dependence, said pro-democracy
groups should be invited in "round-
table" talks about East German's fu-
ture.
Discussions this spring between
Polish authorities and Solidarity,
which were given that name, led to a
non-Communist government in
Poland.
Mayor Walter Momper of West
Berlin said the sudden opening of
East Germany's borders was creating
traffic jams, currency problems and
other economic difficulties the two
governments must resolve.
Economics Minister Helmut

Haussmann of West Germany an-
nounced a six-point aid plan includ-
ing investments, joint ventures and
modernizing East Germany's dilapi-
dated communications and transport
systems.
Haussmann did not name a figure
for the aid and said East Germany
must achieve "thorough change" in
its centrally directed economy.
Reforms promised so far by
Communist Party leader Egon
Krenz, who took over last month
from hard-liner Erich Honecker, have
resulted in more questions than an-
swers, Haussmann said in Bonn.
He compared his proposal to the
Marshall Plan devised by Secretary
of State George Marshall, which
provided more than $12 billion in
American aid in 1948-51 to help Eu-
rope recover from the war.

IN BRIEF
Compiled from Associated Press and staff reports
SWAPO wins majority vote
WINDHOEK, Namibia - The Black nationalist movement that
fought South African rule for 23 years won a solid majority yesterday in
national elections but will have to bargain with rival parties in drafting a
new constitution.
Namibians voted from Tuesday through Saturday for a 72-member
assembly that will draft a constitution and declare independence for
Namibia after 74 years of South African rule.
The South-West Africa People's Organization (SWAPO) won 57
percent of the 670,830 ballots cast, according to results announced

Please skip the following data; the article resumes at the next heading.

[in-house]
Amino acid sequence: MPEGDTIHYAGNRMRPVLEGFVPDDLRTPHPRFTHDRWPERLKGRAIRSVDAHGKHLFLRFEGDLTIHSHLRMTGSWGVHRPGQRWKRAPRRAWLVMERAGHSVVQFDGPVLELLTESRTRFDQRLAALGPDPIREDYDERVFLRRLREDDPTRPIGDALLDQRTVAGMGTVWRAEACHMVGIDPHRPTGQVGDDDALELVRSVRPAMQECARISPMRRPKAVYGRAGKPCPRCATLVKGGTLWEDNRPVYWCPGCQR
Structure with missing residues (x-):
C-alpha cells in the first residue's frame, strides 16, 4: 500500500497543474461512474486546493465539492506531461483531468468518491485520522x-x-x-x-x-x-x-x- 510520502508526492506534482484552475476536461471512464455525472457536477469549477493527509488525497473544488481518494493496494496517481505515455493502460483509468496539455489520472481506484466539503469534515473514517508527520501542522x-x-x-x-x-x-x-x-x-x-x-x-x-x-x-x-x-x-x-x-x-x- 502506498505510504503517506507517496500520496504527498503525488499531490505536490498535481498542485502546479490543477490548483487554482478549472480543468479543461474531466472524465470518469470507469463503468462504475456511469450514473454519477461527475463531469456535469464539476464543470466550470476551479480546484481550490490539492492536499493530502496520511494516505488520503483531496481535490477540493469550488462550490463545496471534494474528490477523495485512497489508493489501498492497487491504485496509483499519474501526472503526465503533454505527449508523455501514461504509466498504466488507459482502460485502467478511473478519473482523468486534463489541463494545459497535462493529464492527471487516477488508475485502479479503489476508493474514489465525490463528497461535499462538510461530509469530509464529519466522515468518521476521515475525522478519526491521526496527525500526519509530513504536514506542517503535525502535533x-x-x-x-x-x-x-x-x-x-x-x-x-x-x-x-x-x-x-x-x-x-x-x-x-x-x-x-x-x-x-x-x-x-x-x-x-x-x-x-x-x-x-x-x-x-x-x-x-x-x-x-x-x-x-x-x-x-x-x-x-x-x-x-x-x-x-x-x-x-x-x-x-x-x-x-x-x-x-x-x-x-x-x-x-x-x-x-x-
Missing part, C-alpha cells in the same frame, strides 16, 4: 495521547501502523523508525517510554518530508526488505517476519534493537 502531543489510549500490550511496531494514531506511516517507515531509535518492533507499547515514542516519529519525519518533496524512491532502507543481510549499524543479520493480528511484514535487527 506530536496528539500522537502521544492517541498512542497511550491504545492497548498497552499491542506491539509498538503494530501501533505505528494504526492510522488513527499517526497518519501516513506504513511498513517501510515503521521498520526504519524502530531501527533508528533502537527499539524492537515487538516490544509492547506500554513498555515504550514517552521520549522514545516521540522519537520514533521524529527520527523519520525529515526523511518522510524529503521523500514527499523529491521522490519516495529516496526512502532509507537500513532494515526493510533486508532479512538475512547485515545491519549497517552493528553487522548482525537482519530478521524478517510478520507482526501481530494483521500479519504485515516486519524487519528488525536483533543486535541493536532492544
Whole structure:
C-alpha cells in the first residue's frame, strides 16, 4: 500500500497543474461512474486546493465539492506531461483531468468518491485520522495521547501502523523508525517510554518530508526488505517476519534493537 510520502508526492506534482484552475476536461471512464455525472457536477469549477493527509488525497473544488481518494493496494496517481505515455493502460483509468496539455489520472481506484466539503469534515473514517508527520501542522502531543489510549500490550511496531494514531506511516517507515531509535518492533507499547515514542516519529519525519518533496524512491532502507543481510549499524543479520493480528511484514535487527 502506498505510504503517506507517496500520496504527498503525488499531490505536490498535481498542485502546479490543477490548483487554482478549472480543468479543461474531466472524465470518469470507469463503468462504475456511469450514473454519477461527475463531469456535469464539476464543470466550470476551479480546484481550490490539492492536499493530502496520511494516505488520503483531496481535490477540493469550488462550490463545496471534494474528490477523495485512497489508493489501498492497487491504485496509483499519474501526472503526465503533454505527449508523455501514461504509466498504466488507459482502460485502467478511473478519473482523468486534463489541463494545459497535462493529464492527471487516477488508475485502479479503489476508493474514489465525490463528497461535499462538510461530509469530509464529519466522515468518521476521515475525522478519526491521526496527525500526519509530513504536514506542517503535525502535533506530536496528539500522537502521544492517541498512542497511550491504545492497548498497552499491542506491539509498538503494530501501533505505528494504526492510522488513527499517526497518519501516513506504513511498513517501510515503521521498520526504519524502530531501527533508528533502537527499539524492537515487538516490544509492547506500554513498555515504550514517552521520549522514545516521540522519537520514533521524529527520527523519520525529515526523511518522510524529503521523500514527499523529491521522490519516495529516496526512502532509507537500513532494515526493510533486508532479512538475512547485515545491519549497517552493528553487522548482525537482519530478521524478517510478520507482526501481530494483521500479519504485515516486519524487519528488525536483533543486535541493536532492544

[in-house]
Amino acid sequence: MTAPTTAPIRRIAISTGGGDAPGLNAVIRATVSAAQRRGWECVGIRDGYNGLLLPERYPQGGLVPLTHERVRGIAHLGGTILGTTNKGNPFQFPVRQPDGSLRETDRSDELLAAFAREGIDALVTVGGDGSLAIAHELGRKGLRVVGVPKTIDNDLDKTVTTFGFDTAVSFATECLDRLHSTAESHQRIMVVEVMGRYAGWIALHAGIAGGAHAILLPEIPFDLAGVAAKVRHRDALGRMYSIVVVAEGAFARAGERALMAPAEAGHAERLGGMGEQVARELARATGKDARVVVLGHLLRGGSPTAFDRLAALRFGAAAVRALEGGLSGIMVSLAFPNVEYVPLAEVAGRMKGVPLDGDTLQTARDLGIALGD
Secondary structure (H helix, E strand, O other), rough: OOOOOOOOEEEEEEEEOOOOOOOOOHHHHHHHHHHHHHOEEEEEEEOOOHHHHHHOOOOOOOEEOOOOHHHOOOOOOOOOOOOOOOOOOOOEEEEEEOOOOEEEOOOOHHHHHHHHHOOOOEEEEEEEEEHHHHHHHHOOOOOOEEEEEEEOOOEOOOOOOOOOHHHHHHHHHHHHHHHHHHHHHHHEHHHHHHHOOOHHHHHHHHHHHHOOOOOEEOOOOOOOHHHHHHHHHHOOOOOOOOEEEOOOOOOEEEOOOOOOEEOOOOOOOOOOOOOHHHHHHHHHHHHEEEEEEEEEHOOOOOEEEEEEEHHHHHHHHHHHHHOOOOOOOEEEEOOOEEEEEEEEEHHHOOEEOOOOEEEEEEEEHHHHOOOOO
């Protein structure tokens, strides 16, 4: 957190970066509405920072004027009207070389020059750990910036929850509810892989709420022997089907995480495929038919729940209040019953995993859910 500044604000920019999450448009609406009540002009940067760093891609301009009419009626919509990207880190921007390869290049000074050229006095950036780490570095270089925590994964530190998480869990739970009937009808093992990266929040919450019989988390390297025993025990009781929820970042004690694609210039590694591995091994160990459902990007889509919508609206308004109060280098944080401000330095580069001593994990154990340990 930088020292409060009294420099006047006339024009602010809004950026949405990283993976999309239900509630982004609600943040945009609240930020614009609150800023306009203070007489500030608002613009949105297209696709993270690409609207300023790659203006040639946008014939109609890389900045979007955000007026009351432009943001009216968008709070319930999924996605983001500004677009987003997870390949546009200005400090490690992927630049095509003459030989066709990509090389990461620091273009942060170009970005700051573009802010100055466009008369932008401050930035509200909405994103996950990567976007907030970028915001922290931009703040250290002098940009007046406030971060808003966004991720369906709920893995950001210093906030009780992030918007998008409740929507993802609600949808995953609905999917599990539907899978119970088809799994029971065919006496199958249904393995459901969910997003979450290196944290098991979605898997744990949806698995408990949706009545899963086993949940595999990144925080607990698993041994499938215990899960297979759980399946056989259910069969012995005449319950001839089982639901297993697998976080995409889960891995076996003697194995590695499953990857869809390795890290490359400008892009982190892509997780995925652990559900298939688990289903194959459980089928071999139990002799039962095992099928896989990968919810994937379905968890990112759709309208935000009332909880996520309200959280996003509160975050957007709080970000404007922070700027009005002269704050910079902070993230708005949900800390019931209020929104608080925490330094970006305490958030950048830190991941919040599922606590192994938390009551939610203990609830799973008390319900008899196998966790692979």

yesterday.
The Democratic Turnhalle Alliance, a multiracial coalition that favors
a capitalist economy, finished second with 29 percent of the votes.
The United Democratic Front won four seats, followed by the
conservative, all-white Action Christian National, with three.
The Federal Convention of Namibia, National Patriotic Front and the
Namibia National Front each won a single seat.
Bush salutes European change
WASHINGTON - President George Bush declared his confidence yes-
terday that "Europe will some day be whole and free," saluting a decision
by Czechoslovakia to ease travel restrictions as just one more sign.
Bush said he was not concerned about the dizzying pace of change
sweeping Eastern Europe. "I don't think it's moving too fast and I don't
know of anybody in my administration that feels that it's moving too
fast."
The White House said the administration was reviewing development
in Eastern Europe with an eye toward "changing relationships and new
policies and programs."
"There are large issues of East-West relations, of the NATO-Warsaw
Pact's future, of the status of the Soviet empire as these countries change
their relationship with the Soviet Union," White House press secretary
Marlon Fitzwater said.
State urges schools to begin,
early AIDS education plan
DETROIT - State educators are taking a different tack to control the
spread of AIDS, recommendingthat AIDS education programs begin in
kindergarten.
The Michigan Department of Education began urging local school dis-
tricts last spring to adopt an the optional Michigan Model Comprehensive
Health Program, a curriculum developed to teach kindergarten-through-
eighth-grade students about a variety of health issues, including acquired
immune deficiency syndrome.
The program begins with basic lessons on preventing the spread of
communicable diseases. Children learn to cover their mouths after they
sneeze and wash their hands before eating.
"Then we add AIDS, telling them that it, too, is a communicable dis-
ease," said Patricia Nichols of the state Department of Education. "But
we make sure they know they can't catch it from a door knob or the water
fountain."
While Michigan only recommends the program, four other states have
mandated it.
MSU allows $4.8 million in

COUNCIL
Continued from Page 1
"These folks aren't rowing the
canoe alone," he said.
MSA, SACUA, and the Provost
will nominate the speech board's
three members and three alternates to
Duderstadt, who will then make the
appointments.
The policy encourages mediation
between event sponsors and
protesters both before and after the
speaking engagement.
s U-Council member Harry